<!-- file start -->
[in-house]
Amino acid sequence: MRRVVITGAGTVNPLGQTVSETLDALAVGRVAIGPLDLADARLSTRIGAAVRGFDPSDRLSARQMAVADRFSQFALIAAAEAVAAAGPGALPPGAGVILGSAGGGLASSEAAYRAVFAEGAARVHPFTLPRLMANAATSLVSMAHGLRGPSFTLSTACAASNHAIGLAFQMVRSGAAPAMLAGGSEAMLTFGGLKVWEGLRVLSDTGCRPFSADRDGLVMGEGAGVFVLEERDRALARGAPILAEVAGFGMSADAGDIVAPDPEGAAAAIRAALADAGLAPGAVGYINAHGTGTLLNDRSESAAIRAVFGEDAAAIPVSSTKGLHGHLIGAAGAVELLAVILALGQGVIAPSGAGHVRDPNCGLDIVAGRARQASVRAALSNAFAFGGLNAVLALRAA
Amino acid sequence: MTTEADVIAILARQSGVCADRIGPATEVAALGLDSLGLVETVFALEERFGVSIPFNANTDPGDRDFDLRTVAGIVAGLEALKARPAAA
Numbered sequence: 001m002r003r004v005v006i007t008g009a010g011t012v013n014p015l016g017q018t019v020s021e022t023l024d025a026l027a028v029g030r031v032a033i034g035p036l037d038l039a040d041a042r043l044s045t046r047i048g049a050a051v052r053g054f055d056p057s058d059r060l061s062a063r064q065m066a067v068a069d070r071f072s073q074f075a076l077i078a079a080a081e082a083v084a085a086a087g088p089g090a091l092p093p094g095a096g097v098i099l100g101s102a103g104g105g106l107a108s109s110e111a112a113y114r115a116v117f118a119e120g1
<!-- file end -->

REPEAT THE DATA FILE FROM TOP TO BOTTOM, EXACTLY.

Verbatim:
[in-house]
Amino acid sequence: MRRVVITGAGTVNPLGQTVSETLDALAVGRVAIGPLDLADARLSTRIGAAVRGFDPSDRLSARQMAVADRFSQFALIAAAEAVAAAGPGALPPGAGVILGSAGGGLASSEAAYRAVFAEGAARVHPFTLPRLMANAATSLVSMAHGLRGPSFTLSTACAASNHAIGLAFQMVRSGAAPAMLAGGSEAMLTFGGLKVWEGLRVLSDTGCRPFSADRDGLVMGEGAGVFVLEERDRALARGAPILAEVAGFGMSADAGDIVAPDPEGAAAAIRAALADAGLAPGAVGYINAHGTGTLLNDRSESAAIRAVFGEDAAAIPVSSTKGLHGHLIGAAGAVELLAVILALGQGVIAPSGAGHVRDPNCGLDIVAGRARQASVRAALSNAFAFGGLNAVLALRAA
Amino acid sequence: MTTEADVIAILARQSGVCADRIGPATEVAALGLDSLGLVETVFALEERFGVSIPFNANTDPGDRDFDLRTVAGIVAGLEALKARPAAA
Numbered sequence: 001m002r003r004v005v006i007t008g009a010g011t012v013n014p015l016g017q018t019v020s021e022t023l024d025a026l027a028v029g030r031v032a033i034g035p036l037d038l039a040d041a042r043l044s045t046r047i048g049a050a051v052r053g054f055d056p057s058d059r060l061s062a063r064q065m066a067v068a069d070r071f072s073q074f075a076l077i078a079a080a081e082a083v084a085a086a087g088p089g090a091l092p093p094g095a096g097v098i099l100g101s102a103g104g105g106l107a108s109s110e111a112a113y114r115a116v117f118a119e120g1